Commercial construction's labor shortage - the local impact
One of the most dominant headlines in commercial construction has been the labor shortage we've experienced ever since the economy started recovering from the Great Recession. Filling construction positions, from skilled tradesmen to management staff, is more difficult than ever thanks to strong construction activity levels paired with a workforce depleted by professionals leaving the industry during the downturn. As a national commercial contractor, I can tell you the labor shortage is real and widespread; however, its impact on executing a construction project definitely varies depending on the market's level of construction activity and depth of the local subcontractor network. For suburban Chicago business owners and developers planning a commercial construction project, the good news is the local labor crunch is nowhere near the level other markets are experiencing. The labor shortage is still impacting local projects in key ways, including:
Pumped-up pricing: The first place our suburban clients feel the impact of a diminished labor pool is costs. The simple fact is the leaner capacity of most local subcontractors, paired with the number of construction projects out there for bid, puts these firms in high demand -- so they can afford to pump up pricing. Anecdotally, we can compare suburban Chicago projects to similar jobs five years ago and see a 10 to 20 percent increase in costs associated with subcontractor partners.
While this pricing trend isn't likely to change until construction activity flattens out, one strategy we discuss with clients is scheduling construction projects for off-peak times. If there's flexibility on overall timing, we may be able to negotiate better pricing with subcontractors -- particularly if these firms can squeeze work in when they are traditionally slower.
Tightening schedules: Another local symptom of the labor shortage is lack of wiggle room in subcontractor scheduling. It is not unheard of for some subcontractors to decline a project because it conflicts with a job they already have on the books -- and they don't have staff to handle both. We have even had occasions where, after submitting a bid, a subcontractor tells us they need to know within 24 hours if they have the job -- otherwise they'll commit to another project.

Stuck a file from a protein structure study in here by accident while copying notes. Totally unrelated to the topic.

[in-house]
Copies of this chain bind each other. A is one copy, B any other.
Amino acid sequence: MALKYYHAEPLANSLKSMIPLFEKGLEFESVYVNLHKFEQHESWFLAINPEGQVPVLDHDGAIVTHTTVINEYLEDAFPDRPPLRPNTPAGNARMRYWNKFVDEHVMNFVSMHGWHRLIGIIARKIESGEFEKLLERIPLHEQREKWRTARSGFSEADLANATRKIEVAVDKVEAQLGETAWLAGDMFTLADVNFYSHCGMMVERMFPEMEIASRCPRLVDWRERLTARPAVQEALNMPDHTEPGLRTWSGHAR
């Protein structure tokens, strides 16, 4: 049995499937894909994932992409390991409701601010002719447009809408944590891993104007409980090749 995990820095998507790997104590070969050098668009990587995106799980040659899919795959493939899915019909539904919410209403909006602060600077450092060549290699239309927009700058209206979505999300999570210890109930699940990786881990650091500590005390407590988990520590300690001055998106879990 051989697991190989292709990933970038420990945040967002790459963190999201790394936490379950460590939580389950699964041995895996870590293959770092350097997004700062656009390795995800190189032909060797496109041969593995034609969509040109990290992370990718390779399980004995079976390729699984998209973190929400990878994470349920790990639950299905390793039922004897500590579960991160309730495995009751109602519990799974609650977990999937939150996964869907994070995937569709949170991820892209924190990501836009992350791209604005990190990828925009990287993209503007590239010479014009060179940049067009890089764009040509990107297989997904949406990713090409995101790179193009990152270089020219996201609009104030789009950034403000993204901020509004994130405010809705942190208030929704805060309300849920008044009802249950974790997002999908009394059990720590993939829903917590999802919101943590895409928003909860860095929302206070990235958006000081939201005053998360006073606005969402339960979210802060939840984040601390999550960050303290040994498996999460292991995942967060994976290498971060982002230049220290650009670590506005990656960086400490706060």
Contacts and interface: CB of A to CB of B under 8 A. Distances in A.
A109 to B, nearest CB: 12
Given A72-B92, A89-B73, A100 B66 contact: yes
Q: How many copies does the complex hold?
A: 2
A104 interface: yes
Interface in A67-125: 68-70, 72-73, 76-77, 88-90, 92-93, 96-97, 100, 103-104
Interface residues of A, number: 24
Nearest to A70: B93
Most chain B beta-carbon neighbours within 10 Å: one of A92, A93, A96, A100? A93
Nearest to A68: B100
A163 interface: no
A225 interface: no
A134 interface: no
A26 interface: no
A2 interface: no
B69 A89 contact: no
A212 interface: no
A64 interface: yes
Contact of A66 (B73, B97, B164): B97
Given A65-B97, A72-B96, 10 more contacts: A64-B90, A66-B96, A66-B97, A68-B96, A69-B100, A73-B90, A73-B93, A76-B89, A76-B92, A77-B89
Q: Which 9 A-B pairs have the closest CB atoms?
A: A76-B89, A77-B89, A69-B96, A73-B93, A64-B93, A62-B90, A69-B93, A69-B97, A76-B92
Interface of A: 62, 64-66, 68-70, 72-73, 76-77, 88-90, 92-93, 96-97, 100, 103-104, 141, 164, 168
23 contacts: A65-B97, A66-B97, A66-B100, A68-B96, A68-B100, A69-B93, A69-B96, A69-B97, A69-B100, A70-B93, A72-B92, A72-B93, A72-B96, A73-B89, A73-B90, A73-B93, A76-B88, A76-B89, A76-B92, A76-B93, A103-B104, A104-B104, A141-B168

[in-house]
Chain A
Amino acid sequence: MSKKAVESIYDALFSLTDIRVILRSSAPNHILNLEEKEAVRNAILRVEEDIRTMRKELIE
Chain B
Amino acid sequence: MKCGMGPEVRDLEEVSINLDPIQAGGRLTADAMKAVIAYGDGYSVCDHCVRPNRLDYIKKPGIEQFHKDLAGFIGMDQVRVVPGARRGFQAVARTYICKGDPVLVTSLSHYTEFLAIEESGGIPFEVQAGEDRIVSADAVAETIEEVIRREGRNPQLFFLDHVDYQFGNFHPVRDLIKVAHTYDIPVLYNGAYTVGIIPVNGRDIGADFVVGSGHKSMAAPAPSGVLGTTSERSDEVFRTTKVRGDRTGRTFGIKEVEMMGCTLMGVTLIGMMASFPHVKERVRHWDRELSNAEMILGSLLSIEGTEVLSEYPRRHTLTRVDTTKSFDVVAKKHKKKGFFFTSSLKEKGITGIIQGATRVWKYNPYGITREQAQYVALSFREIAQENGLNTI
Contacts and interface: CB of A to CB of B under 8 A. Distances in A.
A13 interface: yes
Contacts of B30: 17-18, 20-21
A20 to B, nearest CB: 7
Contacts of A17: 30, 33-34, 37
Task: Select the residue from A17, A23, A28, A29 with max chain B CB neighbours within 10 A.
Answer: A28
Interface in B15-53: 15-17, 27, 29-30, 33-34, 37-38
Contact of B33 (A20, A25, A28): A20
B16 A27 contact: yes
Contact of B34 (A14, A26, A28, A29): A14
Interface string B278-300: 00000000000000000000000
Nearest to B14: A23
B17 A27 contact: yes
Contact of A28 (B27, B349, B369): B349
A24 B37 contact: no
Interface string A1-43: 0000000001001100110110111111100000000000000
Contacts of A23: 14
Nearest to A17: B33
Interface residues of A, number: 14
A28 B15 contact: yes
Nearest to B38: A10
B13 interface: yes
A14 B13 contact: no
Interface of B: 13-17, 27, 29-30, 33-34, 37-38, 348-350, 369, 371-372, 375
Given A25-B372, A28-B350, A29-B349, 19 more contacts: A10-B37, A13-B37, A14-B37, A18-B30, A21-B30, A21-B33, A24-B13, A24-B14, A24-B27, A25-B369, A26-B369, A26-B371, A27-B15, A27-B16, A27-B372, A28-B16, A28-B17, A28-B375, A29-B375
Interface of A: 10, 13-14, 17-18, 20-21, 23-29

This issue is most likely in a competitive bid scenario, because bidding subcontractors aren't vested in a project until they are awarded the work. One way to avoid this scenario is working with your general contractor on a negotiated bid basis.
Dealing with delays: It is very common for a commercial construction project to be held up between the bidding process and actual start of work, whether due to unanticipated issues with permitting, finalization of funding, or even last-minute revisions to drawings. But with subcontractors in such high demand, it's possible they may decide to move on to another project rather than wait out a delay. Similarly, recovering from any construction delays becomes more complicated if short-staffed subcontractors don't have extra manpower to shift to the job and play catch up.
The best advice we give clients is to have everything as buttoned up as possible in the decision -making phases of a project. Eliminating uncertainty and change orders goes a long way toward eliminating delays. Also, it is crucial to identify important milestone dates early-on, and for project managers to do two-week "look ahead" reports. That way, we can do our best to keep the project on track and hit key dates from a critical path standpoint.
• Chuck Taylor is director of operations for Lemont-based Englewood Construction, a national commercial contractor.